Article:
Klinisk institutt 1

Midtveisevaluering- Caroline Jensen

Midtveisevaluering for ph.d.-graden ved Universitetet i Bergen for kandidat Caroline Jensen

Caroline Jensen er tilknyttet Klinisk institutt 1. Veiledere er Dag Arne Lihaug Hoff, Jan Gunnar Hatlebakk,  Trygve Hausken og Gülen Arslan Lied 

PhD project

Health effects of a dietary supplement with cod protein hydrolysate


Overweight and obesity are increasing global health problems. These conditions are associated with increased risk of non-communicable diseases such as cardiovascular disease, type 2 diabetes mellitus and metabolic syndrome. Fish has potential favourable effects on metabolic health, and intervention studies have reported improved glucose regulation and effects on lipid metabolism after supplementation with fish protein. Evidence of the health effects of supplementation with a protein hydrolysate made from residual material from cod is limited, and it is incompletely understood how these hydrolysates may affect parameters of glucose metabolism.

The overall aim of the PhD project is to investigate the effects of a dietary supplement with cod protein hydrolysate on glucose metabolism and appetite regulation in healthy middle-aged to elderly subjects and overweight and/or obese subjects with metabolic syndrome. The PhD project consist of three clinical intervention studies.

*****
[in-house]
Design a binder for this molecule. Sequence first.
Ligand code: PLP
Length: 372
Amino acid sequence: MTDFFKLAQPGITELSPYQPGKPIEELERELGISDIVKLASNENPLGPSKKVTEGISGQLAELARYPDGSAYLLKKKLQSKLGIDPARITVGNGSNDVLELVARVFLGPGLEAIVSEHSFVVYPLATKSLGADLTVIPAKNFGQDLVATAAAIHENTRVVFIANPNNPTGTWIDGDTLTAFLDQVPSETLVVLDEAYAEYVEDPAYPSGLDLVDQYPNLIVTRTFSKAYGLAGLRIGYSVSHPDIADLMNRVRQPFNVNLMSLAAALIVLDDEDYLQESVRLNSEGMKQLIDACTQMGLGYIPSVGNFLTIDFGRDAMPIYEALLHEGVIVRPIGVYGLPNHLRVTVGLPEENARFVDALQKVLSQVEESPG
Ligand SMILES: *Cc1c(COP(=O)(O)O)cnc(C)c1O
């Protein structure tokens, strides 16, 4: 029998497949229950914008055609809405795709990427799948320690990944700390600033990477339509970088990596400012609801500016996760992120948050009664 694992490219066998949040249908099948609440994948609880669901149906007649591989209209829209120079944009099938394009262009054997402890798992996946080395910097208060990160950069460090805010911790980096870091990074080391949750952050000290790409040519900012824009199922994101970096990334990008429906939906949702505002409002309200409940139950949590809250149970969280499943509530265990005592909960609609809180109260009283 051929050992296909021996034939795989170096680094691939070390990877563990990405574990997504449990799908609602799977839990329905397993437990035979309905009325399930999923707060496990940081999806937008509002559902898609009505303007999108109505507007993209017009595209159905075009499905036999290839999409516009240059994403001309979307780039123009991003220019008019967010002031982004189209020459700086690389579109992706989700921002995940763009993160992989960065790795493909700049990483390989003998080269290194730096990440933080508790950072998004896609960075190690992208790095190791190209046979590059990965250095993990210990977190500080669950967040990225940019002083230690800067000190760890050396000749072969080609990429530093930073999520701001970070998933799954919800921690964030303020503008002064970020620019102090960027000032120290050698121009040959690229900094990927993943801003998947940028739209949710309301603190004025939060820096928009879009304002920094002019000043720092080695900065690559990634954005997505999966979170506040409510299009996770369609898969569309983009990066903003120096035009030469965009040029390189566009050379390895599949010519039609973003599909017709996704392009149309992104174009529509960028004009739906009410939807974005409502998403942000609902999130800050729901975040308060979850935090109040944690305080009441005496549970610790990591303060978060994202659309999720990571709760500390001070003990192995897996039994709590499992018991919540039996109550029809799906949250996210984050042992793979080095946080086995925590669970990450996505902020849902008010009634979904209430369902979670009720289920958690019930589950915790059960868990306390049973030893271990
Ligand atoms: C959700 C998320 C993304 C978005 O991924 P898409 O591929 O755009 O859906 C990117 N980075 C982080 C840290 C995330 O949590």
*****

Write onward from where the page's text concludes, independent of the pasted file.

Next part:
Study I was a randomised, double-blind crossover trial where we assessed the acute effect of a cod protein hydrolysate in healthy adults aged 41-64 years. The study included two study days with 4-7 days wash-out period in between. The intervention consisted of 20 mg/kg bodyweight (BW) of cod protein hydrolysate (or control), given before a breakfast meal. We observed no differences between the protein hydrolysate and control for postprandial glucose or glucagon-like-peptide 1 (GLP-1) concentrations, but the postprandial insulin concentration was significantly lower when participants were given cod protein hydrolysate compared to control.

Study II was a dose-range crossover study in 31 individuals between 60 and 80 years. The participants received four different doses (10, 20, 30 or 40 mg/kg BW) of cod protein hydrolysate daily for one week, with one-week washout period in-between. Preliminary data reveals no significant differences in estimated maximum value of glucose, insulin or GLP-1 when comparing the lowest dose of 10 mg/kg BW of cod protein hydrolysate to the higher doses (20, 30 or 40 mg/kg BW), but our findings suggest that serum glucose and insulin levels tend to decrease with increasing amount of cod protein hydrolysate.